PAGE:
Monday, July 3, 2017

Dietitian Cara Rosenbloom of Washington Post makes an important observation about the food fraud about which most consumers are not aware. We at Herbally Radiant consider food important in any skin care regime. The diet should be balanced and healthy enough to promote good appearance and prevent premature aging signs.

Cara Rosenbloom highlights how consumers are typically get ripped off in one of these three ways:

• They buy luxury goods, such as expensive olive oil, wine or cheese, that are counterfeit.
• They buy products with proposed health benefits, like antioxidant-rich pomegranate juice, that have little or no active ingredient.
• They buy organic or non-GMO foods that are actually conventionally grown products that have been fraudulently labeled.

The vast majority of fraud incidents do not pose a public health risk. The harm in most cases is that you’re not getting what you paid for. When consumers learn that they’ve been duped, they get a deep feeling of violation and outrage.

In a small number of cases, there is the potential for harm. Consider the substitution of extra virgin olive oil with cheaper nut oils, which could be problematic for people with food allergies.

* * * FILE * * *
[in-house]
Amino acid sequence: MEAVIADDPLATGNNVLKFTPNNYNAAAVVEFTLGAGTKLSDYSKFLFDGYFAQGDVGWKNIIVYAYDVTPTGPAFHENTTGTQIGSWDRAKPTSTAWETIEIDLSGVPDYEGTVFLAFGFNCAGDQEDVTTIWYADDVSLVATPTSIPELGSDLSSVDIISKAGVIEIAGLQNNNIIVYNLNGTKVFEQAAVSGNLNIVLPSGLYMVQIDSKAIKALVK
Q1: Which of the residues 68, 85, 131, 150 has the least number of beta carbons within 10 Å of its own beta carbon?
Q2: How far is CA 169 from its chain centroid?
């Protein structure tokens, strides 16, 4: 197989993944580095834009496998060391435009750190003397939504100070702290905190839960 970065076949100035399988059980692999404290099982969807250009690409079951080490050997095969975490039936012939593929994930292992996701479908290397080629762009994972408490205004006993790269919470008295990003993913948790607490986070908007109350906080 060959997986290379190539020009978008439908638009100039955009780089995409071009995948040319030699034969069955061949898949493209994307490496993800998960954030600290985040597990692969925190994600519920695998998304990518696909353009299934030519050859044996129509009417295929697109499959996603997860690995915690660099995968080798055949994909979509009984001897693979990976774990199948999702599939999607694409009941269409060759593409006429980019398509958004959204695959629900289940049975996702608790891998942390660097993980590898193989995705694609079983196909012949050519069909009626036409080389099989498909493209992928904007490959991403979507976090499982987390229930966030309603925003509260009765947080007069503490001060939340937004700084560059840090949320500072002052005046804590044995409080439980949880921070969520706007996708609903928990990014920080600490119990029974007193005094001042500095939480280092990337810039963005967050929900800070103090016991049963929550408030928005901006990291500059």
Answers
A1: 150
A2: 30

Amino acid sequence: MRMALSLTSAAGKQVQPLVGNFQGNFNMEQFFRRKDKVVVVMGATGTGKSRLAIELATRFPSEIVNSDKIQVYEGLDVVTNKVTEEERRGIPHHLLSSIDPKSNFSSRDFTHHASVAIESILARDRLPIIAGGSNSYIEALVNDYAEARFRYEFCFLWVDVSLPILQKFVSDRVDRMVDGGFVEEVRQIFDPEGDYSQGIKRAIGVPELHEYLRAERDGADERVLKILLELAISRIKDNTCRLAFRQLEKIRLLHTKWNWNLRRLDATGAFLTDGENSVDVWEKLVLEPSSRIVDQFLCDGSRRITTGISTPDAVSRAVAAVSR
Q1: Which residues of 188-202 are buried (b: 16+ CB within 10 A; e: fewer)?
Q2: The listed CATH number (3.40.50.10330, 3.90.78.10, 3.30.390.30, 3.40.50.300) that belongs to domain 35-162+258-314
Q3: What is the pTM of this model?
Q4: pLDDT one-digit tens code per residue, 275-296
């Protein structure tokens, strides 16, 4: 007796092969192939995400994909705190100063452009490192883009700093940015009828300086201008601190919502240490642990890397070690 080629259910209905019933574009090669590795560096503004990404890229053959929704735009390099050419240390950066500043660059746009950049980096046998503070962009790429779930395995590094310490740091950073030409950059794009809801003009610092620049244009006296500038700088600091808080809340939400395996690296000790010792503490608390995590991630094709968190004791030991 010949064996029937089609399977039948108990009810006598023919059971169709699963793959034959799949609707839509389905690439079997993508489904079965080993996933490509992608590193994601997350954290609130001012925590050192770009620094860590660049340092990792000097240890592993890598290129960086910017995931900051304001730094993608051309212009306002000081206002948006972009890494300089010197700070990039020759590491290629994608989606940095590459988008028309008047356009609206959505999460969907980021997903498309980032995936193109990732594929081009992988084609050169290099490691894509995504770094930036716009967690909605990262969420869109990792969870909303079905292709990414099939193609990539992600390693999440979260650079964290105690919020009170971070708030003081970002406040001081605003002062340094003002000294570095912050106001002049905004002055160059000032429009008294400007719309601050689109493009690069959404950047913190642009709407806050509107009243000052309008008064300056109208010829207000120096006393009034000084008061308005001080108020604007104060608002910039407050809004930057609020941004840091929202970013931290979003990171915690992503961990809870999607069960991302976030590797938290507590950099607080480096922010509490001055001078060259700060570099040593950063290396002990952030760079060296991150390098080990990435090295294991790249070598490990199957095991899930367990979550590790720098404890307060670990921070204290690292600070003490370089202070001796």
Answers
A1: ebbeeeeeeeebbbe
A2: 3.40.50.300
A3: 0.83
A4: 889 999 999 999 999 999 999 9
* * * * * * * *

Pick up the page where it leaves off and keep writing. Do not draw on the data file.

And there have been countless cases of people getting sick from the bait-and-switch of white tuna for cheaper escolar, a bottom-feeder fish that’s full of a waxy substance that is indigestible by humans. It can lead to severe gastrointestinal distress (it’s known as the “Ex-Lax fish” — enough said). In a nationwide study of seafood fraud, researchers found that 84 percent of the white tuna samples were actually escolar.

The basic steps she recommends to the consumers are in the form of following questions:
What can you do about it?

1. What is the product? Be on alert when buying oils, dairy foods, spices, fruit juice and fish.

2. Can you distinguish the quality? If you’ve had real Parmesan cheese or maple syrup, you can tell when the consistency or flavor is off. If the price is too good to be true ($3.99 for a 750 milliliter or 25-ounce bottle of extra virgin olive oil), then it’s likely fake.

3. Do you have a trusted supplier or retailer relationship? Buying from a reputable grocery store is a good first step and offers more protection than an alternative retailer, like a flea market. Remember: It’s harder to buy fakes when you’re looking at the whole and unprocessed products. For example, choose whole instead of ground spices, and brick instead of grated cheese.

4. Are you shopping online? If so, make sure it’s a reputable and recognizable supplier (such as Publix or Walmart), rather than a basement-run shop.

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